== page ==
By Whitney Provost

I love carbs. If my last meal on earth is warm bread with olive oil and a glass of wine, I'll die happy. But I love to be fit and lean too. So I know that if I want rock-hard buns, I'll occasionally have to skip the cinnamon buns. I don't live without carbs, but I do make better choices so I can still fit in my jeans. Here's how I do it.

Carbohydrates are essential for good health. They fuel the muscles and cells so our bodies can function. Without them, we'd be as active as three-toed sloths. And while low-carb diets can be great for jump-starting weight loss, they're not for everyone. When I go low-carb, I feel murderous within a week. So what works for me?
  1. I eat plenty of "good" carbs. First, I make sure that the majority of my carb intake consists of the so-called good carbs—oats, brown rice, butternut squash, sweet potatoes, and beans are some of my favorites. I also eat plenty of vegetables, and even fruit (OMG!). These foods contain tons of fiber, vitamins, minerals, and protein, so I get lots of energy-boosting nutrition and I stay full longer.

    I'll be the first to admit that I'm not immune to the lure of cookies and candy, but I've learned through a lot of trial and error that these things don't make me feel very good once the initial sugar rush wears off. Since I'd rather be alert than snoozing at my desk in the afternoon, I just can't eat like that too often. Besides, too many treats and I don't fit into my pants. Not a bonus.
  2. I try to eat most of my carbs earlier in the day and around workouts. When I start my day with some satisfying carbs and protein, I just feel better. Oatmeal with a little protein powder added at the end, or Shakeology® with peanut butter and a banana, and I'm off to a pretty good start. I also like to eat some carbs around my workouts. If I'm hungry, I'll eat a piece of fruit or some berries with fat-free Greek yogurt about an hour before I train. Afterward I'll have a whey protein shake with fruit, or P90X® Results and Recovery Formula® if it's a particularly brutal workout. Dinnertime usually means chicken and a large salad, although I do love pasta with marinara sauce, or even cheese, crackers, and fruit. So whatever choice I make, I just eat it and enjoy it. The next day, I'll probably eat more vegetables and protein to balance things out a bit.
  3. If I really want it, I eat it. Sometimes a hot-fudge sundae is the only thing that'll cure my craving. So I eat one.

    I'm serious—when I decide I simply must have ice cream, I eat enough to be satisfied and then I move on. The difference is that I usually substitute that treat for whatever healthy meal I'd eat around the same time. So if the only suitable dinner choice is a hot-fudge sundae, so be it. (For obvious reasons, this cannot be a frequent occurrence. Besides, it tastes soooo much better when you really want it.)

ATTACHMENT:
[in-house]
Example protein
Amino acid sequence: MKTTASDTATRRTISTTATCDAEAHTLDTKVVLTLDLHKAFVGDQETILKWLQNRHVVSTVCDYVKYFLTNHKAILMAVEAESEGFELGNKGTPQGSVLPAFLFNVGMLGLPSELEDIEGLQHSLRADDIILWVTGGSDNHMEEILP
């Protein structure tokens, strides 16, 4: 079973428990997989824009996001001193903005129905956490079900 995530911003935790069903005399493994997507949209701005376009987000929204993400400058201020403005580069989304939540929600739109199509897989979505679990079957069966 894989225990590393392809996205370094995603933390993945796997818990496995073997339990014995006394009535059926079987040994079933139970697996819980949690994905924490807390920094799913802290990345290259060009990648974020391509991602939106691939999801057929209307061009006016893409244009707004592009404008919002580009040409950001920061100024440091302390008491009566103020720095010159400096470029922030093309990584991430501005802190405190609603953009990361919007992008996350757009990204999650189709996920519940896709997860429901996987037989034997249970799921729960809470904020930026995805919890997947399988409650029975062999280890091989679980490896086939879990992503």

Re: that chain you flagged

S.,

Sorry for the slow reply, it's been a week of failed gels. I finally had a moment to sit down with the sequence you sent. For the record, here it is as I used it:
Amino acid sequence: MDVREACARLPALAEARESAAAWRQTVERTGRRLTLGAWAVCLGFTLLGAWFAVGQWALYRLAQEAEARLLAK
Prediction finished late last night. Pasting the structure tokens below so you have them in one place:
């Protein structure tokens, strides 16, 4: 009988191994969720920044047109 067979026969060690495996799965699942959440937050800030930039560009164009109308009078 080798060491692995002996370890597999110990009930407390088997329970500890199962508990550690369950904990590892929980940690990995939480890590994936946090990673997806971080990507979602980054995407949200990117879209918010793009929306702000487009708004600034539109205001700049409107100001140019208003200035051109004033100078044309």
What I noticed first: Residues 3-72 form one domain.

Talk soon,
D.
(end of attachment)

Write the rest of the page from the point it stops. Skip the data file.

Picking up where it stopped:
4. Can you lose weight eating like this? Simply put, yes. As long as you're eating fewer calories than you're burning, you will lose weight on a higher-carb diet. When I need to lose weight (after a few too many pizza dinners, for example) I eat the same as always, but I cut down my portion sizes. I still get all the flavors and textures I love without feeling deprived. And I bump up my workout intensity so I'm burning more calories each time.

    If you're like me, you love to eat all kinds of carbs. But I know that in order to be as lean as I want, I need to make good choices most of the time and keep up with my workouts (I'm on a TurboFire® kick right now). As much as I'd love to eat bread and butter all day long, I wouldn't look or feel very good. I often stop and ask myself what's more important, this bowl of pasta or fitting into my skinny jeans again? One decadent meal will not derail a week's worth of healthy eating. It may slow down my progress, that's true, but I'll get where I want to be eventually. And even better, I'll be healthy, happy, and sane!
What does a carb lover's weight loss diet look like?

As I get older, I can't get away with eating as much as I used to. So when I've overindulged a few too many times, here's what a typical day of back-to-basics eating might look like:

Breakfast: Shakeology® with 1 Tbsp. peanut butter and one small banana.

Midmorning: Protein pancake. (Grind 1/2 cup of oatmeal in a food processor, then whisk it together in a bowl with 5 egg whites, 2 packets of stevia, a small handful of raisins, and cinnamon to taste. Lightly coat a small 8-inch nonstick pan with cooking spray, preheat over medium heat, pour in batter, and cook until pancake is brown on one side. Flip and cook until the other side is brown.) I make several of these on the weekend, wrap them individually in aluminum foil, and store in the fridge. Before work I just grab one and go.

Lunch: Large salad with kidney beans, cucumbers, bell peppers, and salsa.

Afternoon (if I'm hungry): Fat-free Greek yogurt with berries and cinnamon.

Dinner: Grilled chicken with steamed vegetables or salad. Or whole-grain pasta with marinara sauce, chicken sausage, and vegetables.